Russia: who wins the propaganda war on the Ukrainian conflict
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MOSCOW – As one Russian put it, “with all this megaphone diplomacy,” the average man has little say in the direction of the tense situation between Russia and Ukraine.
This slow march towards – or away from – war is being played out so publicly that armchair quarterbacks are already keeping track of who wins and who loses.
And it’s an information war. Some speak of a propaganda war.
US Secretary of State Antony Blinken has warned that Russia could create a pretext to attack Ukraine by fabricating a terrorist attack on Russian soil or that Russia could stage a fake – or even real – chemical weapons attack.
“We are laying it out in great detail with the hope that by sharing what we know with the world,” he told the United Nations yesterday. “We can influence Russia to abandon the path of war and choose a different path. While there is still time. Now I am aware that some have questioned our information, recalling previous cases where the intelligence ultimately did not confirm. But let’s be clear. I am here today, not to start a war, but to prevent it.
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The case of the late Secretary of State Colin Powell for the Iraq War, involving the prospect that Iraq was hiding weapons of mass destruction, is often cited here; The fact that Russia has long denied sending troops to Ukraine in 2014 is not.
It is perhaps unsurprising then that, despite the fact that Russia has repeatedly stated that it has no intention of attacking Ukraine, the Russians are afraid that there is a war with their neighbors, according to Denis Volkov of the Levada Center, a respected pollster.
“According to our data, many Russians are worried about the war,” Volkov said. “We see that the fear of war is quite high. It’s more than 50% who have this fear.”
And they blame the unrest on the West, he added.
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“According to our data, the bulk of the population blamed the United States,” Volkov explained. “They say that the United States government is pushing the Ukrainian government which is preparing something against the republics of Lugansk and Donetsk and in this situation Russia should intervene and defend these republics.”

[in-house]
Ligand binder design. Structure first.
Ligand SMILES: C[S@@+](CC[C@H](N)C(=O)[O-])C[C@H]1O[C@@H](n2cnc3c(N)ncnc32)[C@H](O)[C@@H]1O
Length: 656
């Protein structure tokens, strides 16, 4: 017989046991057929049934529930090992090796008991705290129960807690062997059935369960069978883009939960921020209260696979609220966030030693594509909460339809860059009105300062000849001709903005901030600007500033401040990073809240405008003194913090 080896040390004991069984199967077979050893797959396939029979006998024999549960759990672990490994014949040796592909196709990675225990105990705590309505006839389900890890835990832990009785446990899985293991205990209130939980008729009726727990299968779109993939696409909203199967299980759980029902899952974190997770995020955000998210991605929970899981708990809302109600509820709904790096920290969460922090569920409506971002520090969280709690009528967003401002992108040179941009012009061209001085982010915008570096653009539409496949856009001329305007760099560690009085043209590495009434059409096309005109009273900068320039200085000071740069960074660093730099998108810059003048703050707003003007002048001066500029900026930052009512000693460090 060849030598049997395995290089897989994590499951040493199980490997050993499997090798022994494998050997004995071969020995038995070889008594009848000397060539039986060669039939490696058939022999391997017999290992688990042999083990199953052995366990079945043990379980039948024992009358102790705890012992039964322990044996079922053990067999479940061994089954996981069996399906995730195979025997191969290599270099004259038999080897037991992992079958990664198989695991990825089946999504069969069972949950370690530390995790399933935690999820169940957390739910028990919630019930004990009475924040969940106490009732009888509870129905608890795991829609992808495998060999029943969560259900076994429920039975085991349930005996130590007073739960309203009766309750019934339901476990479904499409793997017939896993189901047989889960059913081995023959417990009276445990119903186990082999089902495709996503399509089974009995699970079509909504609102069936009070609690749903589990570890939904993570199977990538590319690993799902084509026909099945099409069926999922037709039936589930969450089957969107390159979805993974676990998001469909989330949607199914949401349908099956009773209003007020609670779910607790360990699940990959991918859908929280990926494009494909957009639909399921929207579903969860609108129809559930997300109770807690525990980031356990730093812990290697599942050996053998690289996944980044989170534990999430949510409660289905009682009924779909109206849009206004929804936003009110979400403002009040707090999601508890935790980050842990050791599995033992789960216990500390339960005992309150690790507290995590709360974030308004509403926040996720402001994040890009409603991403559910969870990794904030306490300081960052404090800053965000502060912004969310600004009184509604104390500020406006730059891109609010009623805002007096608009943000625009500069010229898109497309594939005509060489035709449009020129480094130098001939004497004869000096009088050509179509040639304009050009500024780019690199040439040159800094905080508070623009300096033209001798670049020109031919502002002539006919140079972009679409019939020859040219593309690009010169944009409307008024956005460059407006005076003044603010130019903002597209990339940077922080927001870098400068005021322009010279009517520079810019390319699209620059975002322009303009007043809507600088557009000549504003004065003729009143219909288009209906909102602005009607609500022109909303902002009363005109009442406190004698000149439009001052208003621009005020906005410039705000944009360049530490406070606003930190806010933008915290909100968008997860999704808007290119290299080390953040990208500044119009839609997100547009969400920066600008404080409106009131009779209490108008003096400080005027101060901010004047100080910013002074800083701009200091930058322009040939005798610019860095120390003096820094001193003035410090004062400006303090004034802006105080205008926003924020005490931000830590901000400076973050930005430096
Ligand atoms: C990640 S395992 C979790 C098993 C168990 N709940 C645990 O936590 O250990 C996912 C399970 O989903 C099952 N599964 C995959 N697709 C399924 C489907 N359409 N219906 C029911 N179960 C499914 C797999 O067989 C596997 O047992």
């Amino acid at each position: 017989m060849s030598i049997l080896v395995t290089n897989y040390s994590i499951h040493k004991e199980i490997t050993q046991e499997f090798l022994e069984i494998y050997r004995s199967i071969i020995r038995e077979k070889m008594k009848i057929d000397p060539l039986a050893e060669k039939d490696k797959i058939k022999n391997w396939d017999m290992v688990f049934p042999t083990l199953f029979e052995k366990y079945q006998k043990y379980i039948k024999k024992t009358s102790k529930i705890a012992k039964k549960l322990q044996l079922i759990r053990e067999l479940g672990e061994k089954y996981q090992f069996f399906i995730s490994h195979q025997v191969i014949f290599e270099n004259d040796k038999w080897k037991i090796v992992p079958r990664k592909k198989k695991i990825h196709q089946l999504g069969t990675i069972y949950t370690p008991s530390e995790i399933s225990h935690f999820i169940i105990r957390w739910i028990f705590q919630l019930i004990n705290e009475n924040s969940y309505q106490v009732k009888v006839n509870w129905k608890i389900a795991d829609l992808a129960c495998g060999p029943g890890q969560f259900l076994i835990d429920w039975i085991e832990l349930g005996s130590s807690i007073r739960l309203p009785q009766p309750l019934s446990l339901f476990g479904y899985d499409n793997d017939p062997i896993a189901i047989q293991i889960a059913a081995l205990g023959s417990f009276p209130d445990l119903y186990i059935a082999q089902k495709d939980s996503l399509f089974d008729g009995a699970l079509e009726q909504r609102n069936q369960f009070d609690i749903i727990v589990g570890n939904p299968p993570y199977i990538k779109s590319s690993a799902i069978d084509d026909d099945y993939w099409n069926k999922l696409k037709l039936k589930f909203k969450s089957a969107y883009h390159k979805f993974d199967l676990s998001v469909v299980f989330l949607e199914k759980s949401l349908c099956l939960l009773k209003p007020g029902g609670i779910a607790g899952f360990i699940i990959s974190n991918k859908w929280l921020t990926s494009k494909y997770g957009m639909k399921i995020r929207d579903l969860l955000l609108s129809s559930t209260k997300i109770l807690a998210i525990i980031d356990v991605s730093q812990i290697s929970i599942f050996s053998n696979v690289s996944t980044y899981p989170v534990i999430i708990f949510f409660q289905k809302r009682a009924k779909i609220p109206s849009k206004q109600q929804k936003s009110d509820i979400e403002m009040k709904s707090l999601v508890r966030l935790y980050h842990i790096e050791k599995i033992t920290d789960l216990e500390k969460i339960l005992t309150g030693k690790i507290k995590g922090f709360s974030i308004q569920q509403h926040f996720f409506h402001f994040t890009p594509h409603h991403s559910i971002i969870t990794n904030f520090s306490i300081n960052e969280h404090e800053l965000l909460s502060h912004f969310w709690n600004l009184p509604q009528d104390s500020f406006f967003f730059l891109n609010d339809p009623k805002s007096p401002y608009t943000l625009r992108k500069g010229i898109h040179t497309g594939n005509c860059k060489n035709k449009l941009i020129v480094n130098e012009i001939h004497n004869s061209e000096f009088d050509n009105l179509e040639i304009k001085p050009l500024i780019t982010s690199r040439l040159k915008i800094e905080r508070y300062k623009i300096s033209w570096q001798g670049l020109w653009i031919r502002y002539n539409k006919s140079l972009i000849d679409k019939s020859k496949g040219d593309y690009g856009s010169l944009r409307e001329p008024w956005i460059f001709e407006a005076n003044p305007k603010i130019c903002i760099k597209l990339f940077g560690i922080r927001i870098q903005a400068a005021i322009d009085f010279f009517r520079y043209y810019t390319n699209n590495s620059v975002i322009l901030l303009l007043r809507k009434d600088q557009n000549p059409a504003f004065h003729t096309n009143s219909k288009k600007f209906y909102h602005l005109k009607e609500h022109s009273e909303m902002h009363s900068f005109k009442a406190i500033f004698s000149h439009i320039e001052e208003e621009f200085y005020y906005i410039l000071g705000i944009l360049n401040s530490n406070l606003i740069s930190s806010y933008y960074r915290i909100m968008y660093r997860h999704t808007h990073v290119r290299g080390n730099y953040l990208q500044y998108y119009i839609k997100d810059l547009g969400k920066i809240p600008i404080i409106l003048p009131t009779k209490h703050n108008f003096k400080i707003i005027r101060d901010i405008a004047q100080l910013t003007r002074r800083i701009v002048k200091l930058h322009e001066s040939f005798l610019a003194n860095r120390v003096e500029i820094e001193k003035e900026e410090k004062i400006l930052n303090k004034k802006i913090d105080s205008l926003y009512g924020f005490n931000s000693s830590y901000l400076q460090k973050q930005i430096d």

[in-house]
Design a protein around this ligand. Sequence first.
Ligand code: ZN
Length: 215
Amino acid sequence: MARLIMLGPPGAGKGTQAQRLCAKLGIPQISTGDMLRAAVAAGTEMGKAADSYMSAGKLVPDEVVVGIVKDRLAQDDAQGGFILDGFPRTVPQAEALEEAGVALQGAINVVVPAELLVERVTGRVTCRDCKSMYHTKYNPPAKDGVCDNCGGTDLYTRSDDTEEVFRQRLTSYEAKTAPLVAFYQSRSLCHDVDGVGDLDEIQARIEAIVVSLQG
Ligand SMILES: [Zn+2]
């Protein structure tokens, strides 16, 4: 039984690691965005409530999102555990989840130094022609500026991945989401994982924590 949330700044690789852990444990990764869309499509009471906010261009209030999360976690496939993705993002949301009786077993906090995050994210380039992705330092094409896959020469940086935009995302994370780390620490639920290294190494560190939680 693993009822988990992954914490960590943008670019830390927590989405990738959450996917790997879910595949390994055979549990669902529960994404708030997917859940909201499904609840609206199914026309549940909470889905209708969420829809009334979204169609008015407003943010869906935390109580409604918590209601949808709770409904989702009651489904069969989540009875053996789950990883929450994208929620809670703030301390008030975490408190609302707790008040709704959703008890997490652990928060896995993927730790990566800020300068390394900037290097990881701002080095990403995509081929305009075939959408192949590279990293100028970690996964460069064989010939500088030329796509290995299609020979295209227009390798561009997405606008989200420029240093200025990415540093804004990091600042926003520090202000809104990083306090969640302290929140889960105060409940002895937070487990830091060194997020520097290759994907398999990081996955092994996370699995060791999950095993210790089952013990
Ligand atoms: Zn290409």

The line the Russians believe here is that their people who live in Ukraine are threatened by a nationalist regime.
According to Vladimir Pozner, a former Soviet propagandist turned bridge-builder during the “glasnost” era, the Russian people are actually very keen on Ukraine not joining NATO. He has his own show on the Russian channel Channel 1 and discusses these topics at length with policy makers and others.
Asked if the Russians really believe NATO or Ukraine are about to attack Russia, Pozner seems to acknowledge that NATO is seen as a defensive organization, but points to post-war military missions. Cold War in which NATO participated around the world as proof that the term “defensive organization” is perceived differently in this part of the world.
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“I think the sense of threat has long come from what the Russians see as a lie to deceive promises that NATO won’t be expanded, won’t move east. The sense that NATO would have in fact had to be dissolved because it was created to thwart or resist the Soviet threat and there was no more Soviet Union and there was no more threat.”
Pozner teamed up with talk show host Phil Donahue on US-Soviet Space Bridges programs aired in the final years of the Cold War to try to open minds on either side – then the Berlin Wall came down . There was hope in some quarters that the United States might even become friends, but it didn’t turn out that way.
“I have to tell you, frankly, that I put the blame in this particular case on the doorstep of the United States,” said Pozner, who is both Russian and American.
“There were two possibilities: when the United States had to make a decision about this new country called Russia, which did not exist before because it was a Soviet Union, and they could have adopted some kind of plan Marshall to really help the country move forward democratically,” Pozner argued. “And there are others who said they’ve been threatening us for 40 years and they should pay for it. They lost the cold war and they should pay for it. And ultimately, that’s the view that was ultimately adopted.”
Pozner remains hopeful that Russia and America can overcome this – one way or another – and become allies.
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“Well, I’ve always had that hope precisely because of my background, maybe in that sense I’m very romantic or idealistic, but I would answer that question with a yes, even though I don’t have a big – something to lean on when I say that,” Pozner said.
Some feel that Russian President Vladimir Putin’s stance towards the West may be based on resentment at having been kept out of the “club” during NATO enlargement and the European Union, but that club may not have been big enough for two great powers. Putin seems to be building his own club, the members of which are yet to be established.